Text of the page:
Simone de Beauvoir, war correspondent

Lecture by Geneviève Fraisse, as part of the "Giacometti's time" series

les Abattoirs
Free entrance

Geneviève Fraisse, director of research emeritus at the CNRS and a philosopher of feminist thought, has been invited to talk about the life of Simone de Beauvoir, who saw herself as a "war correspondent" at the heart of philosophical, political and literary history.

In the heart of the Montparnasse district, Simone de Beauvoir and Jean-Paul Sartre met Alberto Giacometti at the brasserie Le Dôme in 1936, before really getting to know him in 1939. Simone de Beauvoir cultivated a friendship with the Giacometti couple that lasted until the artist's death in 1966. So much so that the sculptor became a character in his own right in her novel Le Sang des autres (1945).

As for Giacometti, to satisfy his creative obsession, he constantly asked his friends, including Simone de Beauvoir, to pose for him. The exhibition at Les Abattoirs includes Giacometti's famous 1946 bronze of Simone de Beauvoir's head.

 "War correspondent", on the lookout for several points of view. The metaphor of the witness, of the journalist, places the subject who thinks and writes in a concrete situation, while abandoning the irenicism of the privileged thinker, the ideal of justice shared by the judges and the parties. The cogito, materialised by gender, is relativised by the impossible ideal of purity. Simone de Beauvoir was to be a "war correspondent", capable of recounting the battle on both sides of the confrontation between the sexes, on all sides, between acquired knowledge and a commitment to live.

Geneviève Fraisse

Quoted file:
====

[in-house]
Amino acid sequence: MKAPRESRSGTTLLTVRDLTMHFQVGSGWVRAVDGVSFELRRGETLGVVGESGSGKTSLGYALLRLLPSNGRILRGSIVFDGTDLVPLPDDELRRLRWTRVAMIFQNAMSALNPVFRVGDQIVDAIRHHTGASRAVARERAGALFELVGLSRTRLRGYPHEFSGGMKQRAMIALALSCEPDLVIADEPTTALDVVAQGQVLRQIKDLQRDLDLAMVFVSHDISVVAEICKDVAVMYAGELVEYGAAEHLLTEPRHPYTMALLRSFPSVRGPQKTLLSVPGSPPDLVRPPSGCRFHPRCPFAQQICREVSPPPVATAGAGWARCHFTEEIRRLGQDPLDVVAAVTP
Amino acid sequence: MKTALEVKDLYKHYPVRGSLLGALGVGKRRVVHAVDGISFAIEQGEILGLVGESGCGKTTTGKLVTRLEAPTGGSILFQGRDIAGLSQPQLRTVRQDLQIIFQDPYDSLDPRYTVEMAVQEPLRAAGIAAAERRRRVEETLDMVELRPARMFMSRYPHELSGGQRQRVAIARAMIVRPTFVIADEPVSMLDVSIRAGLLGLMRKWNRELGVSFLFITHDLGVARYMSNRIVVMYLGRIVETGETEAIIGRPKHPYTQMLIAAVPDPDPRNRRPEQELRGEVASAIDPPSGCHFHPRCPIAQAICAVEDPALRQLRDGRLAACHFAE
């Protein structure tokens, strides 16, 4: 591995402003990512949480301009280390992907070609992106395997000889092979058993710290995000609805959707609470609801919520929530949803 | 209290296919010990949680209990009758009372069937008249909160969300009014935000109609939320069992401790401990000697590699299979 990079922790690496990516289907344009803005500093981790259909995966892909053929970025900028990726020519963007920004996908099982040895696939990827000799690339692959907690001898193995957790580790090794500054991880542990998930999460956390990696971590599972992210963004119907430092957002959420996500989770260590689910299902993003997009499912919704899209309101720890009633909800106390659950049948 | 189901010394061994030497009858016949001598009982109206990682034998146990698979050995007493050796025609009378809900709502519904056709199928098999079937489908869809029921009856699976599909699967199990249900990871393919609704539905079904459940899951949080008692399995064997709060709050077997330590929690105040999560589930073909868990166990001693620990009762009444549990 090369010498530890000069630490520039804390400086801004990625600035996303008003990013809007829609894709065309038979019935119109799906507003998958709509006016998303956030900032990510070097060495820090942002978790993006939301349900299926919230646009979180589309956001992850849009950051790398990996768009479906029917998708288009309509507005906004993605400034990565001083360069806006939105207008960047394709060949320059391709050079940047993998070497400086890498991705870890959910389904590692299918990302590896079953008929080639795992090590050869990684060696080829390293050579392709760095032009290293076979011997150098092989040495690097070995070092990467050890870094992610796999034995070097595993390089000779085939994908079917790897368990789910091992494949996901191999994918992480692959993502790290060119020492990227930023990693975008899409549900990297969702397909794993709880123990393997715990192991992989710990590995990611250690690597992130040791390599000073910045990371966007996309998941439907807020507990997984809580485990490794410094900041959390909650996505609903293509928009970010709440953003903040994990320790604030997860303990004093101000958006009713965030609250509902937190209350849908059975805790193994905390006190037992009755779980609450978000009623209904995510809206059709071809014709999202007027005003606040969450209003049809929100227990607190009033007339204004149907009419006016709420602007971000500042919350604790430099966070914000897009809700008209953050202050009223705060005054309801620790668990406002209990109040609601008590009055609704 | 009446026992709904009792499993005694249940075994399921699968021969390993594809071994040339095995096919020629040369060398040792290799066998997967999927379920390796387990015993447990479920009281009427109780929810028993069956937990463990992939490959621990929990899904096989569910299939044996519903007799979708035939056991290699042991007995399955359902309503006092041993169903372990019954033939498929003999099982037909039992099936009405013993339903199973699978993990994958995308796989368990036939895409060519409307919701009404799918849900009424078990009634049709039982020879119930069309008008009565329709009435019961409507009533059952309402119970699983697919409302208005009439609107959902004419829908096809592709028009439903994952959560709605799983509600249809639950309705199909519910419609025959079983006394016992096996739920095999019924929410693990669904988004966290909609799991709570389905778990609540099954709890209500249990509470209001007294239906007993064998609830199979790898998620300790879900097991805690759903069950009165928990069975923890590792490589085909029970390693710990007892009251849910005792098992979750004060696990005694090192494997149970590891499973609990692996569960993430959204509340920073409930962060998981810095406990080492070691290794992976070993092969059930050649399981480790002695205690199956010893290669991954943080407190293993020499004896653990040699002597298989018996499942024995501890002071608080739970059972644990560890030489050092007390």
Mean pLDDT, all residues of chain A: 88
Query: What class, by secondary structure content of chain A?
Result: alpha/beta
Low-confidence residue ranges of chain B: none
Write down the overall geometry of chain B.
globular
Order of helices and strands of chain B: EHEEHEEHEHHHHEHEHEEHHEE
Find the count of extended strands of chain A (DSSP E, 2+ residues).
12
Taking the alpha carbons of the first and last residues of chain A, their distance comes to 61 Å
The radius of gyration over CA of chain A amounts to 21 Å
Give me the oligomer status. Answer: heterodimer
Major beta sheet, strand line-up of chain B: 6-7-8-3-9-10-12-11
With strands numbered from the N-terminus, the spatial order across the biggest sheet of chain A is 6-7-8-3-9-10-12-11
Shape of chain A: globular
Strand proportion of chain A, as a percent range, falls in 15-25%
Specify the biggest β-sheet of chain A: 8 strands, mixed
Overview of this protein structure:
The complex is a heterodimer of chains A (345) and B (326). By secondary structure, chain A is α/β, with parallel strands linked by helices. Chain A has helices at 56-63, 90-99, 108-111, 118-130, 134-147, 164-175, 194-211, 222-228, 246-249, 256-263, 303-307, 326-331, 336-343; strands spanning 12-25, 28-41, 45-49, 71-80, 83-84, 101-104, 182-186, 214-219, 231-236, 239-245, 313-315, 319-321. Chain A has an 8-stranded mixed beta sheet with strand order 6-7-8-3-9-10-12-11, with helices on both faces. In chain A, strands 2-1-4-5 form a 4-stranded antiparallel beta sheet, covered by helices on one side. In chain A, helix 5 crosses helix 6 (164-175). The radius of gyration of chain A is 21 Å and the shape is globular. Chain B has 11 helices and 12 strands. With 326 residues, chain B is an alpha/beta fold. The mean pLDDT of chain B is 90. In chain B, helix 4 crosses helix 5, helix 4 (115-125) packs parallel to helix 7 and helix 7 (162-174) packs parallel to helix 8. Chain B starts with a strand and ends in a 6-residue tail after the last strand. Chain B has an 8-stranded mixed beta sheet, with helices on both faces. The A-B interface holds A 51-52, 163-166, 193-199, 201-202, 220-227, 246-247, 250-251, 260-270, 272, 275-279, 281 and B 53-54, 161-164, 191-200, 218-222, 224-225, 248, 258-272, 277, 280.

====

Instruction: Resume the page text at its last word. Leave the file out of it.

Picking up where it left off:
Geneviève Fraisse is a philosopher of feminist thought and director of emeritus research at the CNRS (CRAL/EHESS).

She works on the political epistemology of the gender controversy along three lines: the genealogy of democracy, concepts of civic and artistic emancipation and the philosophical problematisation of the sex/gender object.

She is the author of numerous books, including : Muse de la raison, démocratie exclusive et différence des sexes (1989, 2017), Les femmes et leur histoire (1998,2019), Du consentement (2007, 2017), Le Privilège de Simone de Beauvoir (2008, 2018), Les Excès du genre, concept, image, nudité, (2014, 2019), La Sexuation du monde, réflexions sur l’émancipation, (2016), La Suite de l’Histoire, actrices, créatrices (2019), Féminisme et philosophie (2020), Le Féminisme, ça pense ! presses du CNRS, 2023.

The exhibition "Le temps de Giacometti (1946-1966)" at Les Abattoirs, Musée - Frac Occitanie Toulouse, co-organised with the Fondation Giacometti, explores in a new way the art and life of the artist Alberto Giacometti in the context of the post-war period, up until his death in 1966.


About the Giacometti Foundation

The Giacometti Foundation is a private foundation of public utility created in 2003. It is the universal legatee of Annette Giacometti, the artist's widow, and owns the world's largest collection of works by Alberto Giacometti, with almost 10,000 works and objects. Based in Paris, it is directed by Catherine Grenier, general curator of heritage and art historian.

The Giacometti Foundation aims to protect, disseminate and promote Giacometti's work. It organises exhibitions, arranges loans in France and abroad, and organises the authentication committee for the artist's works.

The Institut Giacometti is the Giacometti Foundation's current exhibition space, which is also dedicated to art history research and teaching.

Alberto Giacometti
"Simone de Beauvoir", 1946
Bronze – 13,5 x 4,1 x 4,1 cm
Fondation Giacometti
© Succession Alberto Giacometti / Adagp, Paris 2023